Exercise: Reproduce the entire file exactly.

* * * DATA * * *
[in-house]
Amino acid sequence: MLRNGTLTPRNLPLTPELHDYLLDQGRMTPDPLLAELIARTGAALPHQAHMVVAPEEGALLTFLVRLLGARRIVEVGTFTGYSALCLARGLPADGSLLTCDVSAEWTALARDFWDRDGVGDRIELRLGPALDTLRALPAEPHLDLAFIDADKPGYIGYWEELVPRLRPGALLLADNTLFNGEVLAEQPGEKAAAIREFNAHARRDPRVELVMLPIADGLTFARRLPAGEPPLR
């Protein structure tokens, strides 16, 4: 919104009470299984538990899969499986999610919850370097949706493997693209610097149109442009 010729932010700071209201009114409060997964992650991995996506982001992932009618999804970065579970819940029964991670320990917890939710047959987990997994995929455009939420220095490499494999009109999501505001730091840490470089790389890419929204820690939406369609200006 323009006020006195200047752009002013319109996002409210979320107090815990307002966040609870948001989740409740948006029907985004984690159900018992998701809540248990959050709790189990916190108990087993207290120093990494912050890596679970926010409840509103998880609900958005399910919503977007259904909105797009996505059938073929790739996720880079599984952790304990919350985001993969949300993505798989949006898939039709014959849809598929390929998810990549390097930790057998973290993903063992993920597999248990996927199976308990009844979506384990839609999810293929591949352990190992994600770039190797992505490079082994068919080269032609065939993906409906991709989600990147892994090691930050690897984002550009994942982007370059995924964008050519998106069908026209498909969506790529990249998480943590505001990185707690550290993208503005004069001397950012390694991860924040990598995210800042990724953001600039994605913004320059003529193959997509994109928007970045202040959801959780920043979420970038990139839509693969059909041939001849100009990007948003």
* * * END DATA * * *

[in-house]
Amino acid sequence: MLRNGTLTPRNLPLTPELHDYLLDQGRMTPDPLLAELIARTGAALPHQAHMVVAPEEGALLTFLVRLLGARRIVEVGTFTGYSALCLARGLPADGSLLTCDVSAEWTALARDFWDRDGVGDRIELRLGPALDTLRALPAEPHLDLAFIDADKPGYIGYWEELVPRLRPGALLLADNTLFNGEVLAEQPGEKAAAIREFNAHARRDPRVELVMLPIADGLTFARRLPAGEPPLR
């Protein structure tokens, strides 16, 4: 919104009470299984538990899969499986999610919850370097949706493997693209610097149109442009 010729932010700071209201009114409060997964992650991995996506982001992932009618999804970065579970819940029964991670320990917890939710047959987990997994995929455009939420220095490499494999009109999501505001730091840490470089790389890419929204820690939406369609200006 323009006020006195200047752009002013319109996002409210979320107090815990307002966040609870948001989740409740948006029907985004984690159900018992998701809540248990959050709790189990916190108990087993207290120093990494912050890596679970926010409840509103998880609900958005399910919503977007259904909105797009996505059938073929790739996720880079599984952790304990919350985001993969949300993505798989949006898939039709014959849809598929390929998810990549390097930790057998973290993903063992993920597999248990996927199976308990009844979506384990839609999810293929591949352990190992994600770039190797992505490079082994068919080269032609065939993906409906991709989600990147892994090691930050690897984002550009994942982007370059995924964008050519998106069908026209498909969506790529990249998480943590505001990185707690550290993208503005004069001397950012390694991860924040990598995210800042990724953001600039994605913004320059003529193959997509994109928007970045202040959801959780920043979420970038990139839509693969059909041939001849100009990007948003």